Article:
Laura Honsberger, Alana Morouney, Par Nair
- / James Gallery
Bodies are complicated but integral subjects in contemporary art. The body is a conduit for narratives that traverse the physical and social landscape. We live in times where the political body has never been more precariously placed. Member artists Laura Honsberger, Alana Morouney, and Par Nair gesture to the presence (or absence) of bodies in their practices and comment on the discourse of the body in contemporary times. Elaborations on topics of care, harm, healing, and embodiment are explored in this interdisciplinary exhibition.
to feel at home in my clothed body
Bianca Isabel Garcia
When flesh touches fabric, a homely kind of magic materializes. Our clothes bear witness to our lived experiences, and they hold bodily memories in wrinkles (sitting down), tears and rips (threads stretching past their limit), stains (sweat permeating fabric), and other marks of wear.
No one knows us like our “dirty” clothes do.
As much as we might feel at ease and at home in our clothed bodies, garments can also invite unease and fear, because we fashion our bodies for a social world built on the violence of labour exploitation and colonial systems of erasure. Inhabiting this uneasy experience can also mean home. What does the relationship between the body and clothing look like when there is (no)body at all? Textile-based rituals guide abstract explorations of the body for artists Alana Morouney, Laura Honsberger, and Par Nair, who stitch together past memories and new realities of home in (no)body.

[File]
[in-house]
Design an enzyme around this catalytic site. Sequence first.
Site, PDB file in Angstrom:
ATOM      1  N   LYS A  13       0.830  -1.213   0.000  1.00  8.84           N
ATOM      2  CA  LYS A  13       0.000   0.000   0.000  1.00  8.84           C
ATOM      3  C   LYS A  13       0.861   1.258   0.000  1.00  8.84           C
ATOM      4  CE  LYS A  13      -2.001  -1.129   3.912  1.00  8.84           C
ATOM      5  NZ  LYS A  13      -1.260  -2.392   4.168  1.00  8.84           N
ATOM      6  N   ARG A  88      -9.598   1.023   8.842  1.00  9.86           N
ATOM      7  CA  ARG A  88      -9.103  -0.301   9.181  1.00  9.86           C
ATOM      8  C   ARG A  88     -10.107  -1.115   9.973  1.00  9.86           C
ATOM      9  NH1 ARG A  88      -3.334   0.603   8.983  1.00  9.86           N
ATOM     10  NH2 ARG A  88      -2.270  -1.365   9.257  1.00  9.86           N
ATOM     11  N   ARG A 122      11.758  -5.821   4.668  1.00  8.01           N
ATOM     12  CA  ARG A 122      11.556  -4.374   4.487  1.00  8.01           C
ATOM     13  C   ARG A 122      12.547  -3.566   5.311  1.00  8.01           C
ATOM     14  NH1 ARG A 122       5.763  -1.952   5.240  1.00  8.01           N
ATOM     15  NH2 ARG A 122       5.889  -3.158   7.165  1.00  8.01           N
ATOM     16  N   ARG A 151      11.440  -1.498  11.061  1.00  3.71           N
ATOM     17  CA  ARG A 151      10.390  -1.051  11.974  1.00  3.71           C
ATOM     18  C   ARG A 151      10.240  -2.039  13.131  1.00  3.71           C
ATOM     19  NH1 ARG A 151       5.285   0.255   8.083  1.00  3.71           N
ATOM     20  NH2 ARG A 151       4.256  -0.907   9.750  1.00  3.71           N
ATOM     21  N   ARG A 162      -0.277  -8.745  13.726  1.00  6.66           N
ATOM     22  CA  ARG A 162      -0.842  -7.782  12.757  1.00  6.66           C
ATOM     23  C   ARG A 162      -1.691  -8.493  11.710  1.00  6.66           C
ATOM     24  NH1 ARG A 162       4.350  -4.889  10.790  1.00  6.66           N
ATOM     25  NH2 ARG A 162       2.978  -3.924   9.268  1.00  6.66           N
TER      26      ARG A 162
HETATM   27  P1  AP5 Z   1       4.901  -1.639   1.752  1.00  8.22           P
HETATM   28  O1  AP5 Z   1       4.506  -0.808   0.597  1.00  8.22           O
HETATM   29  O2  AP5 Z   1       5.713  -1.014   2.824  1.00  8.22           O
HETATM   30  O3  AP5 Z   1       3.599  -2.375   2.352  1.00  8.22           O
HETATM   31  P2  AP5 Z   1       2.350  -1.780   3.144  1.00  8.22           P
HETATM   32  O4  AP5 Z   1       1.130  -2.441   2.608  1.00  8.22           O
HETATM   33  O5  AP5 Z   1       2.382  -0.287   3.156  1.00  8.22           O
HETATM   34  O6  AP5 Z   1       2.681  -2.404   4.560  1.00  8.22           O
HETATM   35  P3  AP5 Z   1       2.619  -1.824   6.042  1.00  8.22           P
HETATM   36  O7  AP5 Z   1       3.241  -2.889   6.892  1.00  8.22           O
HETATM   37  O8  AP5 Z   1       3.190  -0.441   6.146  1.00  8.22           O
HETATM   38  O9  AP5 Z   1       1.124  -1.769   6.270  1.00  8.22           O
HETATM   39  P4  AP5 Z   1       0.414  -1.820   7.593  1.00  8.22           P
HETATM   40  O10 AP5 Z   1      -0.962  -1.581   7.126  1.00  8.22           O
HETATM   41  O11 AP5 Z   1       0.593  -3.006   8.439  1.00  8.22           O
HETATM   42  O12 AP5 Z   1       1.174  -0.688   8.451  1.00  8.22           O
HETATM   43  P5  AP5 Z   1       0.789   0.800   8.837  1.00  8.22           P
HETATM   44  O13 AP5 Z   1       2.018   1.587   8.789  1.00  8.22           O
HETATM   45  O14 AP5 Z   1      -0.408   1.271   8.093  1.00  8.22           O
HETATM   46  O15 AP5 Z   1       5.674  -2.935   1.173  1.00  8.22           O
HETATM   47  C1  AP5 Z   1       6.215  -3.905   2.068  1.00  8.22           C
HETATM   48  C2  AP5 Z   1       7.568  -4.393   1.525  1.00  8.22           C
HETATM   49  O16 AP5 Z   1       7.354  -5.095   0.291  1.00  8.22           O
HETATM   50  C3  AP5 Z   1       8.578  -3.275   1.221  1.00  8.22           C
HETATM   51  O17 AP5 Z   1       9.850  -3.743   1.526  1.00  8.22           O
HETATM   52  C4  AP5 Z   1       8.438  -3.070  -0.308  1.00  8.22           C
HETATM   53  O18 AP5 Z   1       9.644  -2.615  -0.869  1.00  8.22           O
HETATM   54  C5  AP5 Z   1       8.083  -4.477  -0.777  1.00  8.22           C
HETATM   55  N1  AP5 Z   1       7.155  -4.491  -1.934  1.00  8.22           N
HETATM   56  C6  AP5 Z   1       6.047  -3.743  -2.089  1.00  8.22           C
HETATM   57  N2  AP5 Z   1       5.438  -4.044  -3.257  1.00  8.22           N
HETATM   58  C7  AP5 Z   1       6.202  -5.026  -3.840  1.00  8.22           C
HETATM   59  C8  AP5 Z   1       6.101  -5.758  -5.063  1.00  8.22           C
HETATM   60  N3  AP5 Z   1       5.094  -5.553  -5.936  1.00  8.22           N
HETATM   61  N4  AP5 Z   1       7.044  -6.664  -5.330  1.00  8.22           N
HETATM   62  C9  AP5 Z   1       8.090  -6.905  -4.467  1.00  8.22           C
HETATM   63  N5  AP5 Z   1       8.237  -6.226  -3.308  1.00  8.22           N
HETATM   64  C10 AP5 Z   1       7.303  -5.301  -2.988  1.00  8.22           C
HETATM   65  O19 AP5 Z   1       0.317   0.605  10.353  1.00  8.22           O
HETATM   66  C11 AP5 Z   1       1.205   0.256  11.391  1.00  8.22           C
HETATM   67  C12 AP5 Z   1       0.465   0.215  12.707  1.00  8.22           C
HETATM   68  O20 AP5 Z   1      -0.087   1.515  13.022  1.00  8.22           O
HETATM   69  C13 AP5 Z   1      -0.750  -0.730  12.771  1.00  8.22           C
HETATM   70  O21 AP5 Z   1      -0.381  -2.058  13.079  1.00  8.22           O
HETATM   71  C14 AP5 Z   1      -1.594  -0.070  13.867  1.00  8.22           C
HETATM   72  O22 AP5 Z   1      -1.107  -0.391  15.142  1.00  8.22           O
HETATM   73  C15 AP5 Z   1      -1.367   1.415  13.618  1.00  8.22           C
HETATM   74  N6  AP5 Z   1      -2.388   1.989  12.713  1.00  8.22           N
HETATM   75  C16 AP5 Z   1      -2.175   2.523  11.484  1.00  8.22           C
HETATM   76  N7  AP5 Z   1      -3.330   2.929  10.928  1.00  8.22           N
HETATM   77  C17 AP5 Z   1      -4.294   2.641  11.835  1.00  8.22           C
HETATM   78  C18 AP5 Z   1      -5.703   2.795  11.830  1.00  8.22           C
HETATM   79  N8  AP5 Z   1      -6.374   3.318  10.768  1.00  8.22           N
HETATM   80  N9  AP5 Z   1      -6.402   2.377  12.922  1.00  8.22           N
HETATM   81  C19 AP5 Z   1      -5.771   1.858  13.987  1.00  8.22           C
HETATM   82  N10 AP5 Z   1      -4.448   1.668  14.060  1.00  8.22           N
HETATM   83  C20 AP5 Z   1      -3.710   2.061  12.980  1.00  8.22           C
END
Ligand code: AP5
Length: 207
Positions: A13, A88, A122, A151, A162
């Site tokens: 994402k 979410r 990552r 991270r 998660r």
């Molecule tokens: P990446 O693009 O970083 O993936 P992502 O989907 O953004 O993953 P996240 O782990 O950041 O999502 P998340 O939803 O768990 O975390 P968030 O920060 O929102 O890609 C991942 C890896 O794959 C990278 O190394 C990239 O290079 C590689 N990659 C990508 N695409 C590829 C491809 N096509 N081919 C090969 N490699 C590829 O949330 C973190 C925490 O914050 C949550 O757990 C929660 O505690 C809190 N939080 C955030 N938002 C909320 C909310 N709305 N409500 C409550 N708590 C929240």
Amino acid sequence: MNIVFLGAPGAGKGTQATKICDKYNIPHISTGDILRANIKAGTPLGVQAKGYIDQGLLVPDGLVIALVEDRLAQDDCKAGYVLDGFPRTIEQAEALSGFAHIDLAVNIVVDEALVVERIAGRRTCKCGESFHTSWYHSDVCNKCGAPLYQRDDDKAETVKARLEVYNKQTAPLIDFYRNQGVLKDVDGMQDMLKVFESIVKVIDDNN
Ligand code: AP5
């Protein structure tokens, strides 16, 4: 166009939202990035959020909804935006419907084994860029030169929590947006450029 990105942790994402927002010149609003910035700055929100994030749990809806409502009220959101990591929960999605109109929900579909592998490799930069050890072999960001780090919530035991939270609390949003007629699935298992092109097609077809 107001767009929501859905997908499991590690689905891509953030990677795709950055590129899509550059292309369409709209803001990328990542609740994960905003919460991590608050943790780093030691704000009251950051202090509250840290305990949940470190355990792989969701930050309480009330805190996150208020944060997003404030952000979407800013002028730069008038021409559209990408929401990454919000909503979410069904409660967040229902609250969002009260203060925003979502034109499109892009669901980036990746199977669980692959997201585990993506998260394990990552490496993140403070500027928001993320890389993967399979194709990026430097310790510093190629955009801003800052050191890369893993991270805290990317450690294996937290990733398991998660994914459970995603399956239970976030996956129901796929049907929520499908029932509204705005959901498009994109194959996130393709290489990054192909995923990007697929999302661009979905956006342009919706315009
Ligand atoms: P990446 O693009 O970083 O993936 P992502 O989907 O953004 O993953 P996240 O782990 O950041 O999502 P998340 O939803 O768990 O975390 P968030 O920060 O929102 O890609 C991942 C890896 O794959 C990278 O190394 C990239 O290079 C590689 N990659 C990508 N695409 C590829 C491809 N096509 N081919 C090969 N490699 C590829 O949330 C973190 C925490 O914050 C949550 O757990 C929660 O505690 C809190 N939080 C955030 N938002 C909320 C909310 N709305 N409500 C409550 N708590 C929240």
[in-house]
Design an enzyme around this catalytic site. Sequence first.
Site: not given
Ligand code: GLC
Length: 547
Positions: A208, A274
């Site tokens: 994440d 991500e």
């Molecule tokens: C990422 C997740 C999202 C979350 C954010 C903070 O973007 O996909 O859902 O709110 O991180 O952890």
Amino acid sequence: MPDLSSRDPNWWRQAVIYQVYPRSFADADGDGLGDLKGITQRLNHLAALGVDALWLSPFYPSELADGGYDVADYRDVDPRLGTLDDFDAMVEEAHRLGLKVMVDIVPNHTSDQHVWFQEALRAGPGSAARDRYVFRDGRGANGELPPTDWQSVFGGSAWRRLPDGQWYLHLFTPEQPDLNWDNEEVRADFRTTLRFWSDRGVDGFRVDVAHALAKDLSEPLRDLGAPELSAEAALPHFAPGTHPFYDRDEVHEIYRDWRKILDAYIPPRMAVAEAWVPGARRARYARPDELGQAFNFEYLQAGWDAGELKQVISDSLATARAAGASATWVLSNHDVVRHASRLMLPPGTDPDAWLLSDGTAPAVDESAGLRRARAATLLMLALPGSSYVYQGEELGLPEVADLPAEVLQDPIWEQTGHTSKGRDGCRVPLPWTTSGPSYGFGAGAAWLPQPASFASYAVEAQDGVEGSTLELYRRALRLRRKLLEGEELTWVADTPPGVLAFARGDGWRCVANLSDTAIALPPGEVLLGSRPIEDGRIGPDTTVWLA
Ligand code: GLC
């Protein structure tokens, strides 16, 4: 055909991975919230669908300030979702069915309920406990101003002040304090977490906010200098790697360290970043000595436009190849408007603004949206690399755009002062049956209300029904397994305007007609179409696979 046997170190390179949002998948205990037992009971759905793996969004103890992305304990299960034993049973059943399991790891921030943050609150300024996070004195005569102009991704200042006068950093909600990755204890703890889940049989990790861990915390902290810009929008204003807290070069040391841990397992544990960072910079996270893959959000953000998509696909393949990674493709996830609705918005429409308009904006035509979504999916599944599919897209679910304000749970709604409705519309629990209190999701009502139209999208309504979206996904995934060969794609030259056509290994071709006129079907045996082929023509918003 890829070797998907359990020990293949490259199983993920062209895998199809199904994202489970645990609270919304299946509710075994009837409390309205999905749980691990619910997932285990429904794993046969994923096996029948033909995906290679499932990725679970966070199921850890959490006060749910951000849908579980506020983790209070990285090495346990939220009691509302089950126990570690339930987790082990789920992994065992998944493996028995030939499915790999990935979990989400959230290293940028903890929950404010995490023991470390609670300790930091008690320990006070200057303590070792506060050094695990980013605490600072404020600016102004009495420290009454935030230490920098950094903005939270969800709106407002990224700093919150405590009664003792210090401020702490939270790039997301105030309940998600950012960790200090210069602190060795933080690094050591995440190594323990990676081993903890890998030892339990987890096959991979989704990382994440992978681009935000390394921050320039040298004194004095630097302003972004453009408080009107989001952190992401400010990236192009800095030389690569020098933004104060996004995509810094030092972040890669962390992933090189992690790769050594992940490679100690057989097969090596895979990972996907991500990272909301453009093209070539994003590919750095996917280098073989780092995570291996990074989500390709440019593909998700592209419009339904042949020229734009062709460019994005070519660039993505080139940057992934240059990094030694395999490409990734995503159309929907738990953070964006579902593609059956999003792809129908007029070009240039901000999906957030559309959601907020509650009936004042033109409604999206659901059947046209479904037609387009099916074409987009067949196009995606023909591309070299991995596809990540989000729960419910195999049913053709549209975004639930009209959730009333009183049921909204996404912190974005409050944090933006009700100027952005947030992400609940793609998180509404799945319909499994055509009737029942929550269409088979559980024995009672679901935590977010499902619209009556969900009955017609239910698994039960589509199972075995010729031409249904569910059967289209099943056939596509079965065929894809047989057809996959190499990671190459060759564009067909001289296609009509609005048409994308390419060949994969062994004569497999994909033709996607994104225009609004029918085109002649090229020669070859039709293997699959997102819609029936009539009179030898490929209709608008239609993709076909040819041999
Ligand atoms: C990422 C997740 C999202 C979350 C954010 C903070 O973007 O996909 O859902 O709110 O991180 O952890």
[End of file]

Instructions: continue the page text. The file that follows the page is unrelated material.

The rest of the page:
(a note on rituals)
A ritual is a practice or habit that involves intention, attention, and repetition. It does not have to be tied to a religious, spiritual, or cultural practice. A ritual offers a place of healing where you can process and detangle knots of heavy emotions. It opens a portal of connection to past, present, and future versions of yourself and your community.
I acknowledge and adapt to my current bodily reality
In this exhibit, I see artists acknowledge the inevitability of specific realities that inflict pain or difficult change upon their bodies as they learn rituals of adaptation for living with those realities. A photographic archive that testifies to the physical impact of years working in the labour-intensive garment manufacturing industry, in my dreams I’m dancing & I feel no pain (2022), holds expansive imaginative space to both document and reconstruct Laura Honsberger’s bodily memories of psoriatic arthritis and physical textile labour.
The stage is set at a garment manufacturer, home to Laura’s workplace. Here, you’ll see a curious bulging presence sewn with ripstop—a woven fabric specifically produced to resist rips and tears. The artist’s choice of soft yet unyielding cloth to reconstruct the inflatable inflammation resonates with the unpredictable tenacity of psoriatic arthritis. In Apo-Naproxen (2022), it bursts forth from windows refusing to be contained. In Diclofenac (2022), it drifts like a subdued thundercloud through the garage, a storm approaching. Its buoyancy is not to be confused with gentleness; the disembodied bulge is erratic and requires repeated rituals of treatment. Laura points to this bodily adaptation by naming photographs after anti-inflammatory medications. Laura beckons you further into her home with Drain (2022), where a bathroom medicine cabinet displays a patchwork ripstop quilt assembled with unfinished edges and sharp, unforgiving shapes. These shapes acknowledge the physical reality of pain as Laura continues to creatively engage in repetitive rituals that guide coexistence with pain as part of her past, her future, her body, her home.